“Obviously I couldn’t leave my beautiful bride, but why didn’t you camp with Grant last night?” Duncan asked Brice.
“If you weren’t so oblivious to everything beyond your new wife, you’d remember that I had to work undercover. Didn’t finish until too late to join Grant. Besides, I think he wanted a night alone to . . . to ease into being home again. You were . . . okay, weren’t you?”
The anxious looks on both his brothers’ faces told him they were remembering a time not so many years distant, soon after his return from his last deployment and his decision to leave the Marines, when he hadn’t been okay alone, here or anywhere. Recuperating from the injuries suffered on that last patrol, dealing with the grief of losing friends—and the guilt of having survived them—had been a difficult struggle. But he’d won the battle against those demons—mostly. “I’m fine. Meditation, therapy and time—the recipe to heal all wounds. Or at least make them bearable.”
“I’m just glad you’re back,” Duncan said, handing a cup of coffee to Brice before taking one himself. “Now that we’ve recovered the Scott Ranch property and restored the Triple A to its original size, I really am going to need your help. Especially after the town doc confirmed last week that Juan Cortez, whom you may remember had been helping Harrison’s dad run the Scott Ranch, is barred from doing any heavy work permanently.”
“Is he still in a lot of pain?” Brice asked as they settled onto log seats by the fire.
“He says he isn’t, but Harrison’s going to press him to see a pain management specialist in Austin. When that mama cow knocked him around, he apparently aggravated some disc problems he’s had for years. With hay-cutting season upon us, I don’t know what we would have done if you hadn’t agreed to move back and help, Grant.”
“When your big brother, who’s never asked for assistance with anything, says the only wedding present he wants is for you to help him run the ranch he single-handedly rescued from bankruptcy and has worked sixty hours a week since high school to make profitable again, what else could a brother do?”
“So you gave your boss notice and hoofed it back to Whiskey River,” Brice said.
“Not exactly. I’m still consulting and I’ll handle a few cases. Much of the workload I’ve turned over to my assistant, but he knows he can call me anytime, and I’ll probably go back to San Antonio once a month or so.” At the startled look Duncan gave him, he added, “After I’ve gotten the hay on my section of the ranch cut, of course.”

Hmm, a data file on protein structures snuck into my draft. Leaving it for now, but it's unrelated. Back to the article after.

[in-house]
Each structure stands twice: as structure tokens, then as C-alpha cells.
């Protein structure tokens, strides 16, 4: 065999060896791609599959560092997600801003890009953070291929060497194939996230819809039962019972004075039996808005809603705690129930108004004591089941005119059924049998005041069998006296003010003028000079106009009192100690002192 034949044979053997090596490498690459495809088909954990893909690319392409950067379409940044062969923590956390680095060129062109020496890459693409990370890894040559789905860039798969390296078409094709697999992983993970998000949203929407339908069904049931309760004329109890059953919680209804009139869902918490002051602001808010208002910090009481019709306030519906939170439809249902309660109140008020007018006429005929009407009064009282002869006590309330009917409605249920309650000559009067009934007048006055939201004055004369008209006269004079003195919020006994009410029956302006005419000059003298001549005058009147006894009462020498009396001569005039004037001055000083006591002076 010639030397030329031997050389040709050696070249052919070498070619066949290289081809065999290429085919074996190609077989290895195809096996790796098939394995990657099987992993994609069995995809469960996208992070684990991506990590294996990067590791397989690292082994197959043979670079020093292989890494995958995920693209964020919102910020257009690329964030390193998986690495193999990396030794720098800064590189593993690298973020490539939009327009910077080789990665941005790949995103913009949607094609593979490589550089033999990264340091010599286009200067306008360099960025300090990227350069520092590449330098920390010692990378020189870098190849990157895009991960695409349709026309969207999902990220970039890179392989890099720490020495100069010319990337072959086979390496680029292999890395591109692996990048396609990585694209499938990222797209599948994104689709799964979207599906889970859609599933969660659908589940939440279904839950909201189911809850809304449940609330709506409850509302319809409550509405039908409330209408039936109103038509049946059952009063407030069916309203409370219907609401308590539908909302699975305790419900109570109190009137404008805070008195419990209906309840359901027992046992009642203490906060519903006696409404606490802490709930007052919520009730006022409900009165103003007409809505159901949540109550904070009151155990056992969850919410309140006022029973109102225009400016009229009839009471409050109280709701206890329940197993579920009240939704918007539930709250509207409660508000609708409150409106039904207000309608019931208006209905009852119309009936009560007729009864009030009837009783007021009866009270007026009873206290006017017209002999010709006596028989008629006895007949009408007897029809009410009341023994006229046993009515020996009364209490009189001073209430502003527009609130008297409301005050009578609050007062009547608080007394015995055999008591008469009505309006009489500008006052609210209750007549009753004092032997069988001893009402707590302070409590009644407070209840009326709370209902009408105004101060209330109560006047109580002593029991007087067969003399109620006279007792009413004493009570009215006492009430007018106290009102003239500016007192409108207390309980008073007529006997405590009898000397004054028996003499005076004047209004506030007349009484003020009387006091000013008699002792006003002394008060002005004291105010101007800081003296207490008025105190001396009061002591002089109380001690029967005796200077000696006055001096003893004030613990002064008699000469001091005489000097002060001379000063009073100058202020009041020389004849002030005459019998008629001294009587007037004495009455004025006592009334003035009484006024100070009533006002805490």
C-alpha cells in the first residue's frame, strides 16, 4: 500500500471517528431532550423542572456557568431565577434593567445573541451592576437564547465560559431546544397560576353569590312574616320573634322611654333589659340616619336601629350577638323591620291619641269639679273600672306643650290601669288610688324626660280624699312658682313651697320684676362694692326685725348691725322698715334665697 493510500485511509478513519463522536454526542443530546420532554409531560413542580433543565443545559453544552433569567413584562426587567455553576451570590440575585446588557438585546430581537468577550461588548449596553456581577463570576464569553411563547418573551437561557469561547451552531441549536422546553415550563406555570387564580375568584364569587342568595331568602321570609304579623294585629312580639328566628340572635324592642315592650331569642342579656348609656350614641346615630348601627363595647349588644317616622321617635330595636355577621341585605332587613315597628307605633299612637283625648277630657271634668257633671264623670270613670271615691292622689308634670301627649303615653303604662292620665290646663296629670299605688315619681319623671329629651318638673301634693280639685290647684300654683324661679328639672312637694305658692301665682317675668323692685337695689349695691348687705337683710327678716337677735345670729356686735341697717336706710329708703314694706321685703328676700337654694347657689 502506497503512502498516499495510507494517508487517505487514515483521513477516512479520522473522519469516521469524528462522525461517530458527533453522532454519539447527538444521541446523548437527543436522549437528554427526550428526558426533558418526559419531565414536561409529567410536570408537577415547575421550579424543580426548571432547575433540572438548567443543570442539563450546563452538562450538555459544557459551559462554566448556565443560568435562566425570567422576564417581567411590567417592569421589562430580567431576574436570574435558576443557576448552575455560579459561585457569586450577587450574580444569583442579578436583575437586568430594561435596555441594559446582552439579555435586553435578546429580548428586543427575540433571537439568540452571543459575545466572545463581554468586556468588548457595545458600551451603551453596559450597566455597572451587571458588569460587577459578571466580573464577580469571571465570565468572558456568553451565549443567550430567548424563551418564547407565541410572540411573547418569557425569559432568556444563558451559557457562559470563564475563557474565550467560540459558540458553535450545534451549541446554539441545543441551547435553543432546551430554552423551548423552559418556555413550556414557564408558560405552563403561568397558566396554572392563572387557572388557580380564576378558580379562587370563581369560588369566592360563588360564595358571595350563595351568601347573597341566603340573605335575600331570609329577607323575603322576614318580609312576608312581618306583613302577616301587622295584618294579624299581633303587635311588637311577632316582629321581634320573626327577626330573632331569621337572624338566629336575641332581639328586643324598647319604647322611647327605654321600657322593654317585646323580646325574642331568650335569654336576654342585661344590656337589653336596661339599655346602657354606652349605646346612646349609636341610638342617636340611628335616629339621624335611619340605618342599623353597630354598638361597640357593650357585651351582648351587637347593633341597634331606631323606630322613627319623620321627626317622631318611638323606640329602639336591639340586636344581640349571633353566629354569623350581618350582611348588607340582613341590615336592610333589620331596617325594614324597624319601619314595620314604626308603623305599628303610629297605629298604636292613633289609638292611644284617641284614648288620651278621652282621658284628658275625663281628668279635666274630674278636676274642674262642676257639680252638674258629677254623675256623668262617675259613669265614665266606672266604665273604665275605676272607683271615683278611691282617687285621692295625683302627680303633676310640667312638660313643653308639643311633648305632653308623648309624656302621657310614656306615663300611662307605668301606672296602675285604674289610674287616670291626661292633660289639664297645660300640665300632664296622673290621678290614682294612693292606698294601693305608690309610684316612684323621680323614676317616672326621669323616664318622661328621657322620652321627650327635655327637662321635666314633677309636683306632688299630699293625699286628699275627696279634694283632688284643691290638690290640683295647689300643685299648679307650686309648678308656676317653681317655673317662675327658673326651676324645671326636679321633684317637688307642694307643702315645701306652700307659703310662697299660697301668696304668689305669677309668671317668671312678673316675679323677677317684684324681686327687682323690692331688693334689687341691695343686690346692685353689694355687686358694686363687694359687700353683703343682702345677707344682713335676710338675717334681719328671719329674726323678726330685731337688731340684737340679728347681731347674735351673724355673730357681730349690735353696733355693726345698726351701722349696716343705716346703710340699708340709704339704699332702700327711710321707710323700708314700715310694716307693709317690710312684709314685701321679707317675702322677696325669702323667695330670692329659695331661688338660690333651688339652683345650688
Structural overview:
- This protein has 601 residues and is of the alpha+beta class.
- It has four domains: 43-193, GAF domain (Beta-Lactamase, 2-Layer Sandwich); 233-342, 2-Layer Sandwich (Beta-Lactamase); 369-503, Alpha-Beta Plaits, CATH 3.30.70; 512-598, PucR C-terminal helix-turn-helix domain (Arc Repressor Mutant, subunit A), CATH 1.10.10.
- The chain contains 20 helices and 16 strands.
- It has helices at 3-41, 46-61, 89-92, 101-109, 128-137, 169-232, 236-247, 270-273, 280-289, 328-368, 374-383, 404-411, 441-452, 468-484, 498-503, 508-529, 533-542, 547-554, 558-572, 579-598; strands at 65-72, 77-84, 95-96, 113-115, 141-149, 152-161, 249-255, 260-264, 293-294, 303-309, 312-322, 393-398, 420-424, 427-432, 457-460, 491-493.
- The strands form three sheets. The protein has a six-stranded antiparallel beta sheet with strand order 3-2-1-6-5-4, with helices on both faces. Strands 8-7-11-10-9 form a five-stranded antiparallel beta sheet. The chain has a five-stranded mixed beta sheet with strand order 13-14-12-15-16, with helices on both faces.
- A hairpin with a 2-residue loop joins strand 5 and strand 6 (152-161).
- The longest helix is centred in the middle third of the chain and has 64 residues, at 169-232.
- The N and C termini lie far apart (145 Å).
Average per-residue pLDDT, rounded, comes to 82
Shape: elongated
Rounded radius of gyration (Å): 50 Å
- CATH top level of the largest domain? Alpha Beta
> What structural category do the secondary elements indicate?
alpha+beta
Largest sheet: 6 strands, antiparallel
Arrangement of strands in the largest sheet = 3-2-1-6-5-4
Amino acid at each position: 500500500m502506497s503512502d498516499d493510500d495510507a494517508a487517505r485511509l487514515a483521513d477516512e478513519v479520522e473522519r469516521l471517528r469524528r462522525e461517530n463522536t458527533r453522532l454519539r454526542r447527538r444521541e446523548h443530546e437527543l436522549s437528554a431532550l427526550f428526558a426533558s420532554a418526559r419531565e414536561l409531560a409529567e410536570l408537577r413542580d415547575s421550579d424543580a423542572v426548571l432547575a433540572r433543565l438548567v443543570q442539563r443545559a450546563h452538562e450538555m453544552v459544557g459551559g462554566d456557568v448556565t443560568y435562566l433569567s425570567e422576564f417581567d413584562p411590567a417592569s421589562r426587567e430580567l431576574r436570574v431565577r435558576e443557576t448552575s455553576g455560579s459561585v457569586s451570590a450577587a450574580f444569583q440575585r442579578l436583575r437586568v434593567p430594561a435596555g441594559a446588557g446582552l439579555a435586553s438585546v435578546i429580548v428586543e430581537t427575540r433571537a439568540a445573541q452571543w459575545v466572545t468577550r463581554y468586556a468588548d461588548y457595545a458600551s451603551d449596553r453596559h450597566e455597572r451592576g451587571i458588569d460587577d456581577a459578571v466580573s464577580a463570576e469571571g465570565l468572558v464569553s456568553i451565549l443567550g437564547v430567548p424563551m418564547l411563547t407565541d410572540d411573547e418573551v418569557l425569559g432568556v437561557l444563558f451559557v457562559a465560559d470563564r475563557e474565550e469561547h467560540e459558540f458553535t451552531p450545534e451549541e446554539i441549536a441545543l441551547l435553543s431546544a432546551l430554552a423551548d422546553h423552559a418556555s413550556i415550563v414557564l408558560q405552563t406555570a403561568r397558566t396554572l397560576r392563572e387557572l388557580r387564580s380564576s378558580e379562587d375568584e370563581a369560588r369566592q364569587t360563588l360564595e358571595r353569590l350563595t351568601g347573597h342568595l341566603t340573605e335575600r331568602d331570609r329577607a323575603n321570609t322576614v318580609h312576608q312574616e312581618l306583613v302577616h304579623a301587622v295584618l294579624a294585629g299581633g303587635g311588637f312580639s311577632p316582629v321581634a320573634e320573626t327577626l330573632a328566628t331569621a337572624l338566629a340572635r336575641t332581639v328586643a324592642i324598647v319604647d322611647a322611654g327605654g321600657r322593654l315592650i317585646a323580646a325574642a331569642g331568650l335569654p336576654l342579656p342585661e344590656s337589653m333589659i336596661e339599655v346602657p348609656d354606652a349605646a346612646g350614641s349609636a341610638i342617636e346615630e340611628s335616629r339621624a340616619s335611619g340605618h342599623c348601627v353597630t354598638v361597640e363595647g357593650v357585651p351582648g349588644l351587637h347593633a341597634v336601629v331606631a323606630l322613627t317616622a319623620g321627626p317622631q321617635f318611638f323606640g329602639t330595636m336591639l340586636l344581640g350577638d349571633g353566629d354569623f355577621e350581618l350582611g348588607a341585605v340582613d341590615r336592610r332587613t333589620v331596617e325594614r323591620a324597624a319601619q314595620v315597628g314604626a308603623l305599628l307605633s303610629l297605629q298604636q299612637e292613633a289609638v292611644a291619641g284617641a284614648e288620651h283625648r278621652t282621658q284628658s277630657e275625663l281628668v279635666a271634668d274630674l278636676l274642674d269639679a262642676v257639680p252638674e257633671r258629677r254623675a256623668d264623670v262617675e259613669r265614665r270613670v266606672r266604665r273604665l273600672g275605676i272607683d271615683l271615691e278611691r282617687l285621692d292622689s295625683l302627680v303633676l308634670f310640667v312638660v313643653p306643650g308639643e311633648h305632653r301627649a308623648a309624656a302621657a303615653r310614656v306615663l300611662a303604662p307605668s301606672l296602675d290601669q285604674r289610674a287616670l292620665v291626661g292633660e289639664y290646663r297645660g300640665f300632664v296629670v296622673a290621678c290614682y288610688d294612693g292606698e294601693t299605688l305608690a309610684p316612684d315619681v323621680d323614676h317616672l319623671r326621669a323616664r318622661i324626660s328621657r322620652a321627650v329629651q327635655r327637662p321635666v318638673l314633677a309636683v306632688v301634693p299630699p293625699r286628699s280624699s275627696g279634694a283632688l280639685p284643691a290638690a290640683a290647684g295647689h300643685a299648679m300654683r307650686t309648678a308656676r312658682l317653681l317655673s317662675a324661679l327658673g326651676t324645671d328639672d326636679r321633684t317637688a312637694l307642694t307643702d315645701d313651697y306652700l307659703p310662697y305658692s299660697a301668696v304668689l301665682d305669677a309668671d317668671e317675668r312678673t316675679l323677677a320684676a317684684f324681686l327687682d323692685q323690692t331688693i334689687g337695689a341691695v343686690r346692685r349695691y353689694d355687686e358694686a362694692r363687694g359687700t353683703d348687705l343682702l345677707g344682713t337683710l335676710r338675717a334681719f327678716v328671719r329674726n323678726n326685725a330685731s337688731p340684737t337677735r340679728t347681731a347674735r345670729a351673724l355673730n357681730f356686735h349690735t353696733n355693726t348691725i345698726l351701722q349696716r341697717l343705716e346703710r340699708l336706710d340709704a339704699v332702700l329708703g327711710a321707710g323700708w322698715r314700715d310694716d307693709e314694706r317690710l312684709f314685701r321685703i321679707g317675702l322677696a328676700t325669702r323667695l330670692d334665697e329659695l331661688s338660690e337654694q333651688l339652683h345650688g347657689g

“Harrison and I are thrilled to have you back on any terms,” Duncan affirmed. “The Triple A’s been McAllister land since great-granddad settled here after the Civil War. Sure, I run it, but it belongs to all of us. It’s our legacy. Shoot, maybe we’ll even convince Brice to give up the law and settle back here.”
“I think the two of you have it well in hand,” Brice said, stretching his legs out toward the fire.
“Too exciting chasing criminals to settle for chasing down stray calves?” Duncan said.
“Naw, he just thinks the ladies prefer a man in a tan Stetson with a ranger star on his chest,” Grant said.
“Speaking of ladies, what did the one you left behind in San Antonio do when you told her you were moving to Whiskey River? Or is she planning to join you?” Brice asked.
“Meredith, in Whiskey River?” Grant laughed at the very image. “Let’s just say that she has about as much love for small-town life as Duncan’s old high school flame, Julie Ann. It was . . . time for that to end.”
“I figured as much, since you didn’t bring her to the wedding,” Duncan said.
“Making commitment noises, was she, bro?” Brice asked.
“And how is that blond honey you’ve been seeing in Austin?” Grant flashed back. “Hankering for a diamond on her finger?”